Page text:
After almost a decade of trying to bring attention to the “smart grid,” companies are thrilled that the government is looking at “smart grid” as an energy infrastructure investment.
Steve Hauser, head of market development at GridPoint and a president emeritus at the GridWise Alliance, told Manufacturing Business Technology that congressional aides talked about possibly spending $10 billion over two years on smart grid technology. That amount would represent about half the investment senate democrats have said they would like for energy provisions in the $800 billion economic stimulus package that congressional Democrats expect to pass by mid-February.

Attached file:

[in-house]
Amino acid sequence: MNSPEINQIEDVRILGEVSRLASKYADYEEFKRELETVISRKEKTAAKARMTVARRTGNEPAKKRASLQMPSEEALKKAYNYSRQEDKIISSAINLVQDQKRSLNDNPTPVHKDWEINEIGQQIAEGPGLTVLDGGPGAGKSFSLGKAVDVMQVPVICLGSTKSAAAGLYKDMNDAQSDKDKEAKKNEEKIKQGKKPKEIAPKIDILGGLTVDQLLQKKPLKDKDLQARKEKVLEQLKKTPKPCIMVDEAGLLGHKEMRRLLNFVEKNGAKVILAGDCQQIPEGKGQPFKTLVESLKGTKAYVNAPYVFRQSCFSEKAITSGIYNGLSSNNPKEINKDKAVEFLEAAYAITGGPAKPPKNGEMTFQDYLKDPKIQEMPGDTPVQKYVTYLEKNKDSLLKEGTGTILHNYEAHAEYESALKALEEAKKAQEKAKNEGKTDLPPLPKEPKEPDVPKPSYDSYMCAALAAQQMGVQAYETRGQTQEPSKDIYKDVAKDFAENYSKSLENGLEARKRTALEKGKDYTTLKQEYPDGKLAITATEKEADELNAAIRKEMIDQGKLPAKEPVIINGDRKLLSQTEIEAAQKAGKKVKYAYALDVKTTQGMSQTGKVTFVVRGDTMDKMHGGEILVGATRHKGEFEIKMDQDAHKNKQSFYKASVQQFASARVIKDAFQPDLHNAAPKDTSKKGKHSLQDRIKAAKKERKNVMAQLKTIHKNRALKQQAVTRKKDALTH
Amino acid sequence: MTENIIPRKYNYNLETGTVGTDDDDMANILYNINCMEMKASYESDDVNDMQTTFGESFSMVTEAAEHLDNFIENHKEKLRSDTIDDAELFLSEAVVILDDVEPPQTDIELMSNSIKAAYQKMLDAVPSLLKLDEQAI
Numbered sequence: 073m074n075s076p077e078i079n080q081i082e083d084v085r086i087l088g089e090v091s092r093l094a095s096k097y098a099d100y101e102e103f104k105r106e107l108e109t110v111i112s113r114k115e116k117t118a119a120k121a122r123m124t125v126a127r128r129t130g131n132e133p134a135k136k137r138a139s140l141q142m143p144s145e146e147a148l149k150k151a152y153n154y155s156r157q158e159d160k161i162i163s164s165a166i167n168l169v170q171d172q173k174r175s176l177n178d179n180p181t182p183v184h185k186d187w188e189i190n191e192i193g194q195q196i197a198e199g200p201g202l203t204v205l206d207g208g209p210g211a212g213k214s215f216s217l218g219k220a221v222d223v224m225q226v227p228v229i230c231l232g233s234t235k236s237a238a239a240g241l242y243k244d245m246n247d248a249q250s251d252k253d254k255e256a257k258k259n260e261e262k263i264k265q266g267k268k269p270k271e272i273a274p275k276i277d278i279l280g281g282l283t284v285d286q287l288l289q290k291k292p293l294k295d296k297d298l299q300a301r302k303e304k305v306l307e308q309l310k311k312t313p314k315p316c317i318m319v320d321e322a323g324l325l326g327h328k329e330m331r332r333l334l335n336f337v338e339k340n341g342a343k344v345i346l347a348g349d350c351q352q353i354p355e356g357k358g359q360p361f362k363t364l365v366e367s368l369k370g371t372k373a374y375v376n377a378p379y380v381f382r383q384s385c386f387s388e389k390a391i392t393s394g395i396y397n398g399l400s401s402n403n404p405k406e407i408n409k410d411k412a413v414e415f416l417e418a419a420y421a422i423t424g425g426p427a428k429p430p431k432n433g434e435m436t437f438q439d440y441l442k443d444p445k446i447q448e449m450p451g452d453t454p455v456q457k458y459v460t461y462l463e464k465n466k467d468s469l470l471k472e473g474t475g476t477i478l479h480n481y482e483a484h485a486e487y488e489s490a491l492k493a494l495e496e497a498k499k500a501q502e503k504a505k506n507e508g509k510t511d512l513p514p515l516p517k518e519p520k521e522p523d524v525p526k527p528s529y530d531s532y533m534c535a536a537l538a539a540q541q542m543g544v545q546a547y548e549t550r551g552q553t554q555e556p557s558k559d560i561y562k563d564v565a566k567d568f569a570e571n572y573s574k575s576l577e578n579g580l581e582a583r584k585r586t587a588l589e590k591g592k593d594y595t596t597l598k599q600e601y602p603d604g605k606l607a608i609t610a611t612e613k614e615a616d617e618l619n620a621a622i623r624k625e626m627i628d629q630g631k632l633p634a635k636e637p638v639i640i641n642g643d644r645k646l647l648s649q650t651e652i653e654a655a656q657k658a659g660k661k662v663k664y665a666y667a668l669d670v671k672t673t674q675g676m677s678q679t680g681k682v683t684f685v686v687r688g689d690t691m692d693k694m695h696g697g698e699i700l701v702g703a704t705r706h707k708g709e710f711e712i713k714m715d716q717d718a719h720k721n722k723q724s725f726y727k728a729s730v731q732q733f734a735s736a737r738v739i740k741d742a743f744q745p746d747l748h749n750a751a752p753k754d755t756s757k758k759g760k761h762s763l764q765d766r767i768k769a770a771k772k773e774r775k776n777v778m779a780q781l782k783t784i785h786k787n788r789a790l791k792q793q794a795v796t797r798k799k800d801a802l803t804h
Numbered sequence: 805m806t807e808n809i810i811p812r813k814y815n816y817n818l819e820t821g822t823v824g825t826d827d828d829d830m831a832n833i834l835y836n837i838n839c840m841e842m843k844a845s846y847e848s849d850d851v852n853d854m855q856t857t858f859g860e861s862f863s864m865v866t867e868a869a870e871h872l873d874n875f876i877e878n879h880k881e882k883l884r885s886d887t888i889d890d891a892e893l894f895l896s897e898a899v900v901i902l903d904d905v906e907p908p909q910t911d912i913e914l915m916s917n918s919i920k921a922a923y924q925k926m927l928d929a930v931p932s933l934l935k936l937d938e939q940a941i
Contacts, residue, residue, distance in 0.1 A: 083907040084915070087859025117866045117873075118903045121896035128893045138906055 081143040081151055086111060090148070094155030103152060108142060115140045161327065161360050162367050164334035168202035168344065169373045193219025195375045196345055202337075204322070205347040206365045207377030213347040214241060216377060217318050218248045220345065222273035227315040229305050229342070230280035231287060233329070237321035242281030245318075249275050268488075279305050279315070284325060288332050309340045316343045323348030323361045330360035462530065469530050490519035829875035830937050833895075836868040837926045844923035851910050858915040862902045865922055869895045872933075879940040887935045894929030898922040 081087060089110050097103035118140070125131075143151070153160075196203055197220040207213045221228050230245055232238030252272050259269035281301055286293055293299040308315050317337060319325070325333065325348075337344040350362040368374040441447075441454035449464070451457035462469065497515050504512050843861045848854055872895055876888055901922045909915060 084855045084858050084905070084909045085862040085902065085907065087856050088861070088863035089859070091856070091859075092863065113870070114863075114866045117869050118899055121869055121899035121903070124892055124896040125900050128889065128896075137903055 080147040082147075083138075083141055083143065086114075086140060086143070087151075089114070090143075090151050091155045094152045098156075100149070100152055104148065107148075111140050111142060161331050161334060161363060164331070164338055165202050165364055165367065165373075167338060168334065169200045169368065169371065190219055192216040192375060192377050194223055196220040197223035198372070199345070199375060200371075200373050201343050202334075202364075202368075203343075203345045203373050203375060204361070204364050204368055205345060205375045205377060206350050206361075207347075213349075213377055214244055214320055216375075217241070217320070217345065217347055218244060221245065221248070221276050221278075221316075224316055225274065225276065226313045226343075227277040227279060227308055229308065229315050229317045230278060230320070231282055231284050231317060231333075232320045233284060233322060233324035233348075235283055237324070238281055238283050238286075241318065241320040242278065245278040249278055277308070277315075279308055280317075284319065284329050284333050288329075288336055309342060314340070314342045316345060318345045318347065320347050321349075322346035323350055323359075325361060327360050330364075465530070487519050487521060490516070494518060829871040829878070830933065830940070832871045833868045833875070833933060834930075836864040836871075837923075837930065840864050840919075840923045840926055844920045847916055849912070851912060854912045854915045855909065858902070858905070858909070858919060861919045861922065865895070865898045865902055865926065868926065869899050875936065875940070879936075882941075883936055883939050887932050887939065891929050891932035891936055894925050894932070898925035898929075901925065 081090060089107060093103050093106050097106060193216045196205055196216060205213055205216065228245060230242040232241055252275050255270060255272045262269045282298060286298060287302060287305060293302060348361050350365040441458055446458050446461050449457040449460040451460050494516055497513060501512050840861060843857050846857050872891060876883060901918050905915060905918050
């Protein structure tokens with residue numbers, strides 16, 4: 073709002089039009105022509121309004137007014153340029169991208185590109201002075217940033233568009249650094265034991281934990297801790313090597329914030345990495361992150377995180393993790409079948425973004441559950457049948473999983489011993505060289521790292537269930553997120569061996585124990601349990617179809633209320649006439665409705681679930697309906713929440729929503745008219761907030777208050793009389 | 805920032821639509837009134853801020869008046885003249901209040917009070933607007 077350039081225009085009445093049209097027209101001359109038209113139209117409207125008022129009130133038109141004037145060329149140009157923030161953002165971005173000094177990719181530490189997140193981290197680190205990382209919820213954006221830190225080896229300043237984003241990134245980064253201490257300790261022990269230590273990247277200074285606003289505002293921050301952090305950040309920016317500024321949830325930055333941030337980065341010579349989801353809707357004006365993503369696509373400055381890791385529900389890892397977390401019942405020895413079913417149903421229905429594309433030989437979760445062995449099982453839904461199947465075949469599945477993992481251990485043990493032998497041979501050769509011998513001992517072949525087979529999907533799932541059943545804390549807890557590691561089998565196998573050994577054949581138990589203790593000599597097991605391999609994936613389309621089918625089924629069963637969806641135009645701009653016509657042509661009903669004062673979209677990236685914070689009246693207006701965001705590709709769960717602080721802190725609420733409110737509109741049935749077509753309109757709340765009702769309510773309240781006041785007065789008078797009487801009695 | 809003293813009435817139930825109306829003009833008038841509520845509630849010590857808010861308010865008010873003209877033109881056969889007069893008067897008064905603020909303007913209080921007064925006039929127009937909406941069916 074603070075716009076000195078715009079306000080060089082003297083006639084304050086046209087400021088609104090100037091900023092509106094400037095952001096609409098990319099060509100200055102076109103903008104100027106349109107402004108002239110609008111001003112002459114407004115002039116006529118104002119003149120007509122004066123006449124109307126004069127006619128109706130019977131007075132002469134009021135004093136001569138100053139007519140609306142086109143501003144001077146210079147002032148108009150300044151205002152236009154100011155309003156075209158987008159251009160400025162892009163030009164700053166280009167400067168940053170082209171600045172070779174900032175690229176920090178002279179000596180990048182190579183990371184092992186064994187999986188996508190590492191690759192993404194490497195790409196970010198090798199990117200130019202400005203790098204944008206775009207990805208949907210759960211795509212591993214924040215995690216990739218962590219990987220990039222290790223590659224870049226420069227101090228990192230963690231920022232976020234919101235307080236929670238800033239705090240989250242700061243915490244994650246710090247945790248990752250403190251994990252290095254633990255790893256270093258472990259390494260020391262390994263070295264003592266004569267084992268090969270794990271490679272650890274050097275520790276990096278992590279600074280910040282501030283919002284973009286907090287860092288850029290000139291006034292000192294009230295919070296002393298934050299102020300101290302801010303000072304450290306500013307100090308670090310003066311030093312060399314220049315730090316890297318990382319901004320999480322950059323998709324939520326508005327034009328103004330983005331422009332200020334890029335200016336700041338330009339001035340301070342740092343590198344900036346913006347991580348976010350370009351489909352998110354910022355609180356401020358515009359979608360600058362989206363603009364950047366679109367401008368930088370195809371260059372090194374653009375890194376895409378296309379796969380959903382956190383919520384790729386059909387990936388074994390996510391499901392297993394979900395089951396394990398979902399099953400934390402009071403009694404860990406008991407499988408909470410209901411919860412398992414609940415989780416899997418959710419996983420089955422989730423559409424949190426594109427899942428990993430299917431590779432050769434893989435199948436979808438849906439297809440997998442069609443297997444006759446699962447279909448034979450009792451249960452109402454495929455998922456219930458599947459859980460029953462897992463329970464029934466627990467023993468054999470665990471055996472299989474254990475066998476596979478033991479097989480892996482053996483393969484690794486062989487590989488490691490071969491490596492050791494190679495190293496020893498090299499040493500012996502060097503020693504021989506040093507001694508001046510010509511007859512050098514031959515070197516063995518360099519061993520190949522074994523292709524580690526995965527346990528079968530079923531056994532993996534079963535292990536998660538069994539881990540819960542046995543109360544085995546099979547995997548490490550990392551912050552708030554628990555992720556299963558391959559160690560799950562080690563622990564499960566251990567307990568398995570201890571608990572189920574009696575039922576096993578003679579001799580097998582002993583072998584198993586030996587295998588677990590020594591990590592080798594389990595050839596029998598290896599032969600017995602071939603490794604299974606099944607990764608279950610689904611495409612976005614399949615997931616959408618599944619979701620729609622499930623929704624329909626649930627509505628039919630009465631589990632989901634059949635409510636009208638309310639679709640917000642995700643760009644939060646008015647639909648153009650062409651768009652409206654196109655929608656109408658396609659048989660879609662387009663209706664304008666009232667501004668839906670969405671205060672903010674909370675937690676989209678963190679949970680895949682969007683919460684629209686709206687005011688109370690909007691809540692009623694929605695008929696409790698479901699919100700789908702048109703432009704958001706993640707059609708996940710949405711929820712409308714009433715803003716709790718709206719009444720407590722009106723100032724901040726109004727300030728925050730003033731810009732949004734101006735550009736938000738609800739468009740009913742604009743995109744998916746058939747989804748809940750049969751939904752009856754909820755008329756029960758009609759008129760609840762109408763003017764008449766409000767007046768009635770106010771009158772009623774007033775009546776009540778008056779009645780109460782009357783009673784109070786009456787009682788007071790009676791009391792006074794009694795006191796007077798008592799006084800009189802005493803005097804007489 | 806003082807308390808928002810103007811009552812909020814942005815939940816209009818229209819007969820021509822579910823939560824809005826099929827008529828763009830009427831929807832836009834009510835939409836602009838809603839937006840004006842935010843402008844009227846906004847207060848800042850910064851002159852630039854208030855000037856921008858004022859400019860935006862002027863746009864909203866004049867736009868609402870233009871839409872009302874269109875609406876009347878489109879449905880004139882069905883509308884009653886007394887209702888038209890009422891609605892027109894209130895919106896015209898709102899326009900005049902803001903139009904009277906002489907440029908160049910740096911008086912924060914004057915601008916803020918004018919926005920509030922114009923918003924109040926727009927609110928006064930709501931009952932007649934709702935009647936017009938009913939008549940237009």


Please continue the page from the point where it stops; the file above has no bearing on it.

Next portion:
A report recently released by the GridWise Alliance said $16 billion in smart grid incentives over four years could create 280,000 new jobs, including 150,000 at the end of 2009.
However, lawmakers including Sen. John Kerry have cautioned that the stimulus money in the form of investment tax credits may be too slow a mechanism to spur job creations this year.
Last November, Boston Consulting Group developed a U.S.-focused analysis and said a smart electrical grid is one of four main ICT-enabled opportunities in the U.S.
Matter Network says in order for plug-in hybrid vehicles to become commercially viable, smart grid technologies must be developed to accommodate intermittent solar and wind energy; and to manage peak power through demand response technology.